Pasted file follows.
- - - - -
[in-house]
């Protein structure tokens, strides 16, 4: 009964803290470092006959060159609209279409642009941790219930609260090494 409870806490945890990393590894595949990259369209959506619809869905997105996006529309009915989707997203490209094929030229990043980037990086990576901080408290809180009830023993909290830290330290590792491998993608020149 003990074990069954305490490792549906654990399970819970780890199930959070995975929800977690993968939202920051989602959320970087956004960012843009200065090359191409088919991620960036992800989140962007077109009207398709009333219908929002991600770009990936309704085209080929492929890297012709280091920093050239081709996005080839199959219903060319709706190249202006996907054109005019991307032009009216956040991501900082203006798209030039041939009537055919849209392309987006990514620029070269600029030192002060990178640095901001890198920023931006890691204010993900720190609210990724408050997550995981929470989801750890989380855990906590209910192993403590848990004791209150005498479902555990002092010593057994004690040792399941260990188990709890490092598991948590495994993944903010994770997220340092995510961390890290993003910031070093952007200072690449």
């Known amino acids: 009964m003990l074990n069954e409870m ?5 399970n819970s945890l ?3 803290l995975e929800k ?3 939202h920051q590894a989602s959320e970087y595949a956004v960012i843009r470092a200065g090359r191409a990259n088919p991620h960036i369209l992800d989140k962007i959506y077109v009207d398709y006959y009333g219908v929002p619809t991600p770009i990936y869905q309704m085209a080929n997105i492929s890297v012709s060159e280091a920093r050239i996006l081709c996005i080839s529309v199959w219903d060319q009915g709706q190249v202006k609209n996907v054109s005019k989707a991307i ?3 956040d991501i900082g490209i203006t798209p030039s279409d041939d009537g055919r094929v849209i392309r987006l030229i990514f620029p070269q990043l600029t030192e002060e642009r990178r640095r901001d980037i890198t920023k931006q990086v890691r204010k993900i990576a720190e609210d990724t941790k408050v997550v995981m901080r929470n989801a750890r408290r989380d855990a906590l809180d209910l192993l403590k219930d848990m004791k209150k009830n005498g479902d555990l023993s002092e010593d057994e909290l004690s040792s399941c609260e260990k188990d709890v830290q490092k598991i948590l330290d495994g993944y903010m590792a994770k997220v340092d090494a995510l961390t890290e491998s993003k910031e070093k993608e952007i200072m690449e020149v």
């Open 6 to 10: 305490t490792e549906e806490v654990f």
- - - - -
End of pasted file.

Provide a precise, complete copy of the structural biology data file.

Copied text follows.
[in-house]
């Protein structure tokens, strides 16, 4: 009964803290470092006959060159609209279409642009941790219930609260090494 409870806490945890990393590894595949990259369209959506619809869905997105996006529309009915989707997203490209094929030229990043980037990086990576901080408290809180009830023993909290830290330290590792491998993608020149 003990074990069954305490490792549906654990399970819970780890199930959070995975929800977690993968939202920051989602959320970087956004960012843009200065090359191409088919991620960036992800989140962007077109009207398709009333219908929002991600770009990936309704085209080929492929890297012709280091920093050239081709996005080839199959219903060319709706190249202006996907054109005019991307032009009216956040991501900082203006798209030039041939009537055919849209392309987006990514620029070269600029030192002060990178640095901001890198920023931006890691204010993900720190609210990724408050997550995981929470989801750890989380855990906590209910192993403590848990004791209150005498479902555990002092010593057994004690040792399941260990188990709890490092598991948590495994993944903010994770997220340092995510961390890290993003910031070093952007200072690449």
């Known amino acids: 009964m003990l074990n069954e409870m ?5 399970n819970s945890l ?3 803290l995975e929800k ?3 939202h920051q590894a989602s959320e970087y595949a956004v960012i843009r470092a200065g090359r191409a990259n088919p991620h960036i369209l992800d989140k962007i959506y077109v009207d398709y006959y009333g219908v929002p619809t991600p770009i990936y869905q309704m085209a080929n997105i492929s890297v012709s060159e280091a920093r050239i996006l081709c996005i080839s529309v199959w219903d060319q009915g709706q190249v202006k609209n996907v054109s005019k989707a991307i ?3 956040d991501i900082g490209i203006t798209p030039s279409d041939d009537g055919r094929v849209i392309r987006l030229i990514f620029p070269q990043l600029t030192e002060e642009r990178r640095r901001d980037i890198t920023k931006q990086v890691r204010k993900i990576a720190e609210d990724t941790k408050v997550v995981m901080r929470n989801a750890r408290r989380d855990a906590l809180d209910l192993l403590k219930d848990m004791k209150k009830n005498g479902d555990l023993s002092e010593d057994e909290l004690s040792s399941c609260e260990k188990d709890v830290q490092k598991i948590l330290d495994g993944y903010m590792a994770k997220v340092d090494a995510l961390t890290e491998s993003k910031e070093k993608e952007i200072m690449e020149v």
């Open 6 to 10: 305490t490792e549906e806490v654990f």